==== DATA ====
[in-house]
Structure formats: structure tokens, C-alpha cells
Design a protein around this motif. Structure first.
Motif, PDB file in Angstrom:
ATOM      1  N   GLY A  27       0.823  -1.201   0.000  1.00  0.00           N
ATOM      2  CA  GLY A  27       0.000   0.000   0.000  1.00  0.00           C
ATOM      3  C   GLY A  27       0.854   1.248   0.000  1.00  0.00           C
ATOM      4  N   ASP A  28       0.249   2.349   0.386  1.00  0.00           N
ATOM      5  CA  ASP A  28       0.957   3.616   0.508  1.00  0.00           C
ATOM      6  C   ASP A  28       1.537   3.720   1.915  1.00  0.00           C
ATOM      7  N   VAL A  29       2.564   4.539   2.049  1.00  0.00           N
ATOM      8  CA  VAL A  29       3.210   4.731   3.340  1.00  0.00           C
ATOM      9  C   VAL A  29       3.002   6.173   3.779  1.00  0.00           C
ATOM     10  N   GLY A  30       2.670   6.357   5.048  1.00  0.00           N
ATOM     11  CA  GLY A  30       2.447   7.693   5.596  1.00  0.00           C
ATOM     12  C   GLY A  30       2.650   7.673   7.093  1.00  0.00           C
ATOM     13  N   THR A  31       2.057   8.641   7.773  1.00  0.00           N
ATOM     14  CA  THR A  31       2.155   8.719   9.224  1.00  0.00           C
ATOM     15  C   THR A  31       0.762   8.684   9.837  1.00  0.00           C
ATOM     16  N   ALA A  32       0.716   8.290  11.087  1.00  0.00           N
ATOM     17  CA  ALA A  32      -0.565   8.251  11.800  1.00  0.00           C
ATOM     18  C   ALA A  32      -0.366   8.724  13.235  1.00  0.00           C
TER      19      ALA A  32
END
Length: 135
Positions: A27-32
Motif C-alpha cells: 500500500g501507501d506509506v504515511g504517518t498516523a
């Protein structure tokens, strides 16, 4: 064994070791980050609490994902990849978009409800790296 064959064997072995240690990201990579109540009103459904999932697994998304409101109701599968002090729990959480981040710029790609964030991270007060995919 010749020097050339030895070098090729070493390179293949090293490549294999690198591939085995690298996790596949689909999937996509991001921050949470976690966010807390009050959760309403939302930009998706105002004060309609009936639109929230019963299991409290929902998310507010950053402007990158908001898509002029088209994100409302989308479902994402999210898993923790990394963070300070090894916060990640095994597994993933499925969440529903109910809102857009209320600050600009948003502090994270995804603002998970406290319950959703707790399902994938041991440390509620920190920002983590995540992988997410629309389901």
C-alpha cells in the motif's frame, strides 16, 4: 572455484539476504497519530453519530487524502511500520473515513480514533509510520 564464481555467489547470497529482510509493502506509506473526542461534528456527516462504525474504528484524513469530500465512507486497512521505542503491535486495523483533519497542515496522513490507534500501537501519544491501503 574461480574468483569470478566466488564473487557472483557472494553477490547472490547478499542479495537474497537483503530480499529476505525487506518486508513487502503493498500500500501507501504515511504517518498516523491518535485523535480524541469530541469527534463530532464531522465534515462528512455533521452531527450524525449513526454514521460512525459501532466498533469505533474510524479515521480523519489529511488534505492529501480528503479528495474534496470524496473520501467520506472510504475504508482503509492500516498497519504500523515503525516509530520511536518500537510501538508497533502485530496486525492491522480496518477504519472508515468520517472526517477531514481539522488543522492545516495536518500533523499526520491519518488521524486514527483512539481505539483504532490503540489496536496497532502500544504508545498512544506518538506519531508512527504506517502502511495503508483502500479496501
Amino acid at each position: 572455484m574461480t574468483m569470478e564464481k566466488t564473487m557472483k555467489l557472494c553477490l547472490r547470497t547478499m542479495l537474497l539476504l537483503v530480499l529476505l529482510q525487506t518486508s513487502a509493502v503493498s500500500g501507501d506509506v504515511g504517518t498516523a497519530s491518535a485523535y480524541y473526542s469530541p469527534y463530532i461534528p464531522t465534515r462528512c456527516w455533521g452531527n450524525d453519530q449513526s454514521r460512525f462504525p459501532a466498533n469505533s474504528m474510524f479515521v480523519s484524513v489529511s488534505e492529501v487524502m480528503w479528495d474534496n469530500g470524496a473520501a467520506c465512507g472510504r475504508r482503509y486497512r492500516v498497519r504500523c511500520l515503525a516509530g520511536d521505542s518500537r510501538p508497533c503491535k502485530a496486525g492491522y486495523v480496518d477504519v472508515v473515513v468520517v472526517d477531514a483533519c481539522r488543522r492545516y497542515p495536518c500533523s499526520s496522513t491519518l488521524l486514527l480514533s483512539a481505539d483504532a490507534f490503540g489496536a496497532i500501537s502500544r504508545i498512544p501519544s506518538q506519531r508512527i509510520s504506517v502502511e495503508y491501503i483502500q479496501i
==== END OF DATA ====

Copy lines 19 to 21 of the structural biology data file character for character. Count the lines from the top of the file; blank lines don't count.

ATOM     15  C   THR A  31       0.762   8.684   9.837  1.00  0.00           C
ATOM     16  N   ALA A  32       0.716   8.290  11.087  1.00  0.00           N
ATOM     17  CA  ALA A  32      -0.565   8.251  11.800  1.00  0.00           C